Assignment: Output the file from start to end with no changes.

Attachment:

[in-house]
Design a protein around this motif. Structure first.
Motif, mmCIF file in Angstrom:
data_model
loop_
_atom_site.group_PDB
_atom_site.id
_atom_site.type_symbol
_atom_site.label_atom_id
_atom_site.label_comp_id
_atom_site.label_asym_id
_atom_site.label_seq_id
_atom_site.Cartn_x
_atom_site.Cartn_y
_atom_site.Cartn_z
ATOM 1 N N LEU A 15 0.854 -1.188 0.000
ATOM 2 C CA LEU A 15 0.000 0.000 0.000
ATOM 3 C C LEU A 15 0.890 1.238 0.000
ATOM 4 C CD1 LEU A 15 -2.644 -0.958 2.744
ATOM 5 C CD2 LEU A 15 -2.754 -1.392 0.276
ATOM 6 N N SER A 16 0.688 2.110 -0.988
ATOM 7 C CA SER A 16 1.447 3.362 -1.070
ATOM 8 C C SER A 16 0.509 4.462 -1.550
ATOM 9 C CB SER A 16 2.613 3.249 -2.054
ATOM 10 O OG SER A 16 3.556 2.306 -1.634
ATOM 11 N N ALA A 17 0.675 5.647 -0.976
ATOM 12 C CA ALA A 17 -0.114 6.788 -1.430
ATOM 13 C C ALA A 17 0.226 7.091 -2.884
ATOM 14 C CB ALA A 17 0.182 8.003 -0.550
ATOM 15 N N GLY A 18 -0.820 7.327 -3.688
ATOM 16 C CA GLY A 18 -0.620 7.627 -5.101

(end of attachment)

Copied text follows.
[in-house]
Design a protein around this motif. Structure first.
Motif, mmCIF file in Angstrom:
data_model
loop_
_atom_site.group_PDB
_atom_site.id
_atom_site.type_symbol
_atom_site.label_atom_id
_atom_site.label_comp_id
_atom_site.label_asym_id
_atom_site.label_seq_id
_atom_site.Cartn_x
_atom_site.Cartn_y
_atom_site.Cartn_z
ATOM 1 N N LEU A 15 0.854 -1.188 0.000
ATOM 2 C CA LEU A 15 0.000 0.000 0.000
ATOM 3 C C LEU A 15 0.890 1.238 0.000
ATOM 4 C CD1 LEU A 15 -2.644 -0.958 2.744
ATOM 5 C CD2 LEU A 15 -2.754 -1.392 0.276
ATOM 6 N N SER A 16 0.688 2.110 -0.988
ATOM 7 C CA SER A 16 1.447 3.362 -1.070
ATOM 8 C C SER A 16 0.509 4.462 -1.550
ATOM 9 C CB SER A 16 2.613 3.249 -2.054
ATOM 10 O OG SER A 16 3.556 2.306 -1.634
ATOM 11 N N ALA A 17 0.675 5.647 -0.976
ATOM 12 C CA ALA A 17 -0.114 6.788 -1.430
ATOM 13 C C ALA A 17 0.226 7.091 -2.884
ATOM 14 C CB ALA A 17 0.182 8.003 -0.550
ATOM 15 N N GLY A 18 -0.820 7.327 -3.688
ATOM 16 C CA GLY A 18 -0.620 7.627 -5.101